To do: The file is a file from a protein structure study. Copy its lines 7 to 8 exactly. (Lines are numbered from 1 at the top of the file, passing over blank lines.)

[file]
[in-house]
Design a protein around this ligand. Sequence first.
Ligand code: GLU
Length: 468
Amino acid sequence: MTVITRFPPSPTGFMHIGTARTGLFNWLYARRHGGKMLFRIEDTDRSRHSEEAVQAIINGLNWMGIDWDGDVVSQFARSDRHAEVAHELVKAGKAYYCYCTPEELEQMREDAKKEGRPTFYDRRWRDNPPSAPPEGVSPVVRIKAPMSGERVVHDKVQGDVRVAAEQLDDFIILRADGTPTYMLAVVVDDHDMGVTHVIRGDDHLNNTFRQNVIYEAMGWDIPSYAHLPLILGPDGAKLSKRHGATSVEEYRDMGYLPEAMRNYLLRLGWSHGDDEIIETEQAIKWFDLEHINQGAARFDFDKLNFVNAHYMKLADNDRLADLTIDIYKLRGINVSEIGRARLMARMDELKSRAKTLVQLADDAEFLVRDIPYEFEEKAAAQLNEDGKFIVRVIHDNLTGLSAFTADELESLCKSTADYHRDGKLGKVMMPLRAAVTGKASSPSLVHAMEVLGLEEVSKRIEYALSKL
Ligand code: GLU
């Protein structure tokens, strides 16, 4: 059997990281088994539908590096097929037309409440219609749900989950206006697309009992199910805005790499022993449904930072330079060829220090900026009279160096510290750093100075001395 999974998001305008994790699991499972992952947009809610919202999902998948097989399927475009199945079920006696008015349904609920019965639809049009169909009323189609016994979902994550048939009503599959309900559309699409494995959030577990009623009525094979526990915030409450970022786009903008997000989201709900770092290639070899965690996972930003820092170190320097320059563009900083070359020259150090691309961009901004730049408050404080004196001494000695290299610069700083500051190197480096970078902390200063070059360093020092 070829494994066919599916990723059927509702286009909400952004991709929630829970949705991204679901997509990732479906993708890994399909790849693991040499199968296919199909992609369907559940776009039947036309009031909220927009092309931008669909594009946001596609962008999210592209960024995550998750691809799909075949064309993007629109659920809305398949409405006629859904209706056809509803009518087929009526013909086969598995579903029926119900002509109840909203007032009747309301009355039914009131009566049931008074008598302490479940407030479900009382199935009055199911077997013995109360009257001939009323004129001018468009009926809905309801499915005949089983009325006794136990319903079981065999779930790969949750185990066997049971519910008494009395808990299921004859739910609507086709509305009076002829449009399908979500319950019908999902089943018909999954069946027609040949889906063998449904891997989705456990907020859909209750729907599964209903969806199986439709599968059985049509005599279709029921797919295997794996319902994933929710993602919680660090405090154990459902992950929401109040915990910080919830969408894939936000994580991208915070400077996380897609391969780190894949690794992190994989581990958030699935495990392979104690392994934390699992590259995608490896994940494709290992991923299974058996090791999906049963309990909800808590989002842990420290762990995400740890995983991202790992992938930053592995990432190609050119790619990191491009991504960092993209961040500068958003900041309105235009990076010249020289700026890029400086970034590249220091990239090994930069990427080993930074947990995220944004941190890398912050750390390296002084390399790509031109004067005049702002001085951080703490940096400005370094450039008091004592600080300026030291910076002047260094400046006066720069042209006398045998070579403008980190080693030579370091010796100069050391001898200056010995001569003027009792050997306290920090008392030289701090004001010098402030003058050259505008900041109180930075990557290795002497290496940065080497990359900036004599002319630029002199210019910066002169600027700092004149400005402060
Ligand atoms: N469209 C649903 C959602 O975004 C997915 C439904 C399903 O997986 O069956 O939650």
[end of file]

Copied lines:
């Protein structure tokens, strides 16, 4: 059997990281088994539908590096097929037309409440219609749900989950206006697309009992199910805005790499022993449904930072330079060829220090900026009279160096510290750093100075001395 999974998001305008994790699991499972992952947009809610919202999902998948097989399927475009199945079920006696008015349904609920019965639809049009169909009323189609016994979902994550048939009503599959309900559309699409494995959030577990009623009525094979526990915030409450970022786009903008997000989201709900770092290639070899965690996972930003820092170190320097320059563009900083070359020259150090691309961009901004730049408050404080004196001494000695290299610069700083500051190197480096970078902390200063070059360093020092 070829494994066919599916990723059927509702286009909400952004991709929630829970949705991204679901997509990732479906993708890994399909790849693991040499199968296919199909992609369907559940776009039947036309009031909220927009092309931008669909594009946001596609962008999210592209960024995550998750691809799909075949064309993007629109659920809305398949409405006629859904209706056809509803009518087929009526013909086969598995579903029926119900002509109840909203007032009747309301009355039914009131009566049931008074008598302490479940407030479900009382199935009055199911077997013995109360009257001939009323004129001018468009009926809905309801499915005949089983009325006794136990319903079981065999779930790969949750185990066997049971519910008494009395808990299921004859739910609507086709509305009076002829449009399908979500319950019908999902089943018909999954069946027609040949889906063998449904891997989705456990907020859909209750729907599964209903969806199986439709599968059985049509005599279709029921797919295997794996319902994933929710993602919680660090405090154990459902992950929401109040915990910080919830969408894939936000994580991208915070400077996380897609391969780190894949690794992190994989581990958030699935495990392979104690392994934390699992590259995608490896994940494709290992991923299974058996090791999906049963309990909800808590989002842990420290762990995400740890995983991202790992992938930053592995990432190609050119790619990191491009991504960092993209961040500068958003900041309105235009990076010249020289700026890029400086970034590249220091990239090994930069990427080993930074947990995220944004941190890398912050750390390296002084390399790509031109004067005049702002001085951080703490940096400005370094450039008091004592600080300026030291910076002047260094400046006066720069042209006398045998070579403008980190080693030579370091010796100069050391001898200056010995001569003027009792050997306290920090008392030289701090004001010098402030003058050259505008900041109180930075990557290795002497290496940065080497990359900036004599002319630029002199210019910066002169600027700092004149400005402060
Ligand atoms: N469209 C649903 C959602 O975004 C997915 C439904 C399903 O997986 O069956 O939650």